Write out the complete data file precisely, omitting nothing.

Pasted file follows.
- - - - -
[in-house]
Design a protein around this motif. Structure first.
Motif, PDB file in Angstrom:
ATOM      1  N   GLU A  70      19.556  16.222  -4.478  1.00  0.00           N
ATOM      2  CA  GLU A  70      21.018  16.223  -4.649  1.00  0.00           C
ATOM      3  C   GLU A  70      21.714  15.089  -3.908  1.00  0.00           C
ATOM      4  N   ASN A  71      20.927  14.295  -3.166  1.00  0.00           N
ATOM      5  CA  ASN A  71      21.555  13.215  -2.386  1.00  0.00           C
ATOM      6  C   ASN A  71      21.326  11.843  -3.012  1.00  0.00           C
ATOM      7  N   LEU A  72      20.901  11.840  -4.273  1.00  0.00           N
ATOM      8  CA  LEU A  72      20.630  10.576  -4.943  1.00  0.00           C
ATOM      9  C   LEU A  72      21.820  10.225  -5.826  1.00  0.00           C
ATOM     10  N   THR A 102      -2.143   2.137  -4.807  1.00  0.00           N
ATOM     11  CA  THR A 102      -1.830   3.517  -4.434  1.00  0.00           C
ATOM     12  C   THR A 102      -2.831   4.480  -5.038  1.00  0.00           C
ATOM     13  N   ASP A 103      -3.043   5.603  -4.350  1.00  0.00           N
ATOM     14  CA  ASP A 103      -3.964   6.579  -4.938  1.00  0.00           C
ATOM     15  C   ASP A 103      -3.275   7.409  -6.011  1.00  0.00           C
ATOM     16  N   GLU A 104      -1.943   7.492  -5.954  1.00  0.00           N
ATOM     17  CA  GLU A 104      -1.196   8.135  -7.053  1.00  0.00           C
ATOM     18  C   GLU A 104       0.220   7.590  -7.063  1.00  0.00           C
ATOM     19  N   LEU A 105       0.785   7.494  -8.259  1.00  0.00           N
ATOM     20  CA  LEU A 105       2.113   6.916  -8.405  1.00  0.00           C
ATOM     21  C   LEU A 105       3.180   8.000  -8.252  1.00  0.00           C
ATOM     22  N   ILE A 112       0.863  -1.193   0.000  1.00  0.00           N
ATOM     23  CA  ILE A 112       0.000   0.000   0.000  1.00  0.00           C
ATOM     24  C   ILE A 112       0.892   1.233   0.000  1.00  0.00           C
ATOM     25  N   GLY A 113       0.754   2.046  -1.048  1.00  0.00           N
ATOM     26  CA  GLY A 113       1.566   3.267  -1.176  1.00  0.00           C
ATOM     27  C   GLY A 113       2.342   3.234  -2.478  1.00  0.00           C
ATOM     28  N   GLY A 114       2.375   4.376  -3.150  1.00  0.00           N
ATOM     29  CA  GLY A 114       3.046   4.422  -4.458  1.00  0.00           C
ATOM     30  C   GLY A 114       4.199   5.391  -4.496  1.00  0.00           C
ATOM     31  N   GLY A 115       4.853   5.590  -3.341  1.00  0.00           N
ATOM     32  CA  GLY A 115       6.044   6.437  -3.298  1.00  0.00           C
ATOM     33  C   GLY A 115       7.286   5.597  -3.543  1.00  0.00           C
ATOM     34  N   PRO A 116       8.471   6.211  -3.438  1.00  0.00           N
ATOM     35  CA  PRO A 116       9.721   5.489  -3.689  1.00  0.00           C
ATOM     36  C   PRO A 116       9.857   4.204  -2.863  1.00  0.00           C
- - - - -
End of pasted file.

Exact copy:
[in-house]
Design a protein around this motif. Structure first.
Motif, PDB file in Angstrom:
ATOM      1  N   GLU A  70      19.556  16.222  -4.478  1.00  0.00           N
ATOM      2  CA  GLU A  70      21.018  16.223  -4.649  1.00  0.00           C
ATOM      3  C   GLU A  70      21.714  15.089  -3.908  1.00  0.00           C
ATOM      4  N   ASN A  71      20.927  14.295  -3.166  1.00  0.00           N
ATOM      5  CA  ASN A  71      21.555  13.215  -2.386  1.00  0.00           C
ATOM      6  C   ASN A  71      21.326  11.843  -3.012  1.00  0.00           C
ATOM      7  N   LEU A  72      20.901  11.840  -4.273  1.00  0.00           N
ATOM      8  CA  LEU A  72      20.630  10.576  -4.943  1.00  0.00           C
ATOM      9  C   LEU A  72      21.820  10.225  -5.826  1.00  0.00           C
ATOM     10  N   THR A 102      -2.143   2.137  -4.807  1.00  0.00           N
ATOM     11  CA  THR A 102      -1.830   3.517  -4.434  1.00  0.00           C
ATOM     12  C   THR A 102      -2.831   4.480  -5.038  1.00  0.00           C
ATOM     13  N   ASP A 103      -3.043   5.603  -4.350  1.00  0.00           N
ATOM     14  CA  ASP A 103      -3.964   6.579  -4.938  1.00  0.00           C
ATOM     15  C   ASP A 103      -3.275   7.409  -6.011  1.00  0.00           C
ATOM     16  N   GLU A 104      -1.943   7.492  -5.954  1.00  0.00           N
ATOM     17  CA  GLU A 104      -1.196   8.135  -7.053  1.00  0.00           C
ATOM     18  C   GLU A 104       0.220   7.590  -7.063  1.00  0.00           C
ATOM     19  N   LEU A 105       0.785   7.494  -8.259  1.00  0.00           N
ATOM     20  CA  LEU A 105       2.113   6.916  -8.405  1.00  0.00           C
ATOM     21  C   LEU A 105       3.180   8.000  -8.252  1.00  0.00           C
ATOM     22  N   ILE A 112       0.863  -1.193   0.000  1.00  0.00           N
ATOM     23  CA  ILE A 112       0.000   0.000   0.000  1.00  0.00           C
ATOM     24  C   ILE A 112       0.892   1.233   0.000  1.00  0.00           C
ATOM     25  N   GLY A 113       0.754   2.046  -1.048  1.00  0.00           N
ATOM     26  CA  GLY A 113       1.566   3.267  -1.176  1.00  0.00           C
ATOM     27  C   GLY A 113       2.342   3.234  -2.478  1.00  0.00           C
ATOM     28  N   GLY A 114       2.375   4.376  -3.150  1.00  0.00           N
ATOM     29  CA  GLY A 114       3.046   4.422  -4.458  1.00  0.00           C
ATOM     30  C   GLY A 114       4.199   5.391  -4.496  1.00  0.00           C
ATOM     31  N   GLY A 115       4.853   5.590  -3.341  1.00  0.00           N
ATOM     32  CA  GLY A 115       6.044   6.437  -3.298  1.00  0.00           C
ATOM     33  C   GLY A 115       7.286   5.597  -3.543  1.00  0.00           C
ATOM     34  N   PRO A 116       8.471   6.211  -3.438  1.00  0.00           N
ATOM     35  CA  PRO A 116       9.721   5.489  -3.689  1.00  0.00           C
ATOM     36  C   PRO A 116       9.857   4.204  -2.863  1.00  0.00           C